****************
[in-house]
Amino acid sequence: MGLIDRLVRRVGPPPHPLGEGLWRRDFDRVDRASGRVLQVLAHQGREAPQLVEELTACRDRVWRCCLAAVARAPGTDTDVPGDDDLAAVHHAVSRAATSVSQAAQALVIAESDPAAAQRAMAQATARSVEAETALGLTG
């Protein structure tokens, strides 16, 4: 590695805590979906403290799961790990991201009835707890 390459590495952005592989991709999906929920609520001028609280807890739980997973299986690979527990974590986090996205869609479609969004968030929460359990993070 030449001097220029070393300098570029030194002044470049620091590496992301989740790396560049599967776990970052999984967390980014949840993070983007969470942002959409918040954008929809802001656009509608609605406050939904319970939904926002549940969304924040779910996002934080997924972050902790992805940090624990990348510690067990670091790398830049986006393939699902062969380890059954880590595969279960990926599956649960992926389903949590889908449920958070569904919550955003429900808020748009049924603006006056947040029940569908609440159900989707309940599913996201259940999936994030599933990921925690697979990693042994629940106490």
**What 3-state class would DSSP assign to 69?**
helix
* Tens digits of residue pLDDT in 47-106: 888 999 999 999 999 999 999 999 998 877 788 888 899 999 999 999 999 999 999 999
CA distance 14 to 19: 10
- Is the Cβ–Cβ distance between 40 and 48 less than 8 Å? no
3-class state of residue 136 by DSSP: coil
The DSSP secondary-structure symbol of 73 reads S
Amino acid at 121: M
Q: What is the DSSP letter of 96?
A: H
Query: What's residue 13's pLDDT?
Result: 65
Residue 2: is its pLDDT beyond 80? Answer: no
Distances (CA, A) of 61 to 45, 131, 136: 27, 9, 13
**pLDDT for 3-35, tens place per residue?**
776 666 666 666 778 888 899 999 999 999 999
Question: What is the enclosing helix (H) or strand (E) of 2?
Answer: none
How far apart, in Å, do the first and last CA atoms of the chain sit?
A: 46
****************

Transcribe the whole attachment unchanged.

[in-house]
Amino acid sequence: MGLIDRLVRRVGPPPHPLGEGLWRRDFDRVDRASGRVLQVLAHQGREAPQLVEELTACRDRVWRCCLAAVARAPGTDTDVPGDDDLAAVHHAVSRAATSVSQAAQALVIAESDPAAAQRAMAQATARSVEAETALGLTG
């Protein structure tokens, strides 16, 4: 590695805590979906403290799961790990991201009835707890 390459590495952005592989991709999906929920609520001028609280807890739980997973299986690979527990974590986090996205869609479609969004968030929460359990993070 030449001097220029070393300098570029030194002044470049620091590496992301989740790396560049599967776990970052999984967390980014949840993070983007969470942002959409918040954008929809802001656009509608609605406050939904319970939904926002549940969304924040779910996002934080997924972050902790992805940090624990990348510690067990670091790398830049986006393939699902062969380890059954880590595969279960990926599956649960992926389903949590889908449920958070569904919550955003429900808020748009049924603006006056947040029940569908609440159900989707309940599913996201259940999936994030599933990921925690697979990693042994629940106490």
**What 3-state class would DSSP assign to 69?**
helix
* Tens digits of residue pLDDT in 47-106: 888 999 999 999 999 999 999 999 998 877 788 888 899 999 999 999 999 999 999 999
CA distance 14 to 19: 10
- Is the Cβ–Cβ distance between 40 and 48 less than 8 Å? no
3-class state of residue 136 by DSSP: coil
The DSSP secondary-structure symbol of 73 reads S
Amino acid at 121: M
Q: What is the DSSP letter of 96?
A: H
Query: What's residue 13's pLDDT?
Result: 65
Residue 2: is its pLDDT beyond 80? Answer: no
Distances (CA, A) of 61 to 45, 131, 136: 27, 9, 13
**pLDDT for 3-35, tens place per residue?**
776 666 666 666 778 888 899 999 999 999 999
Question: What is the enclosing helix (H) or strand (E) of 2?
Answer: none
How far apart, in Å, do the first and last CA atoms of the chain sit?
A: 46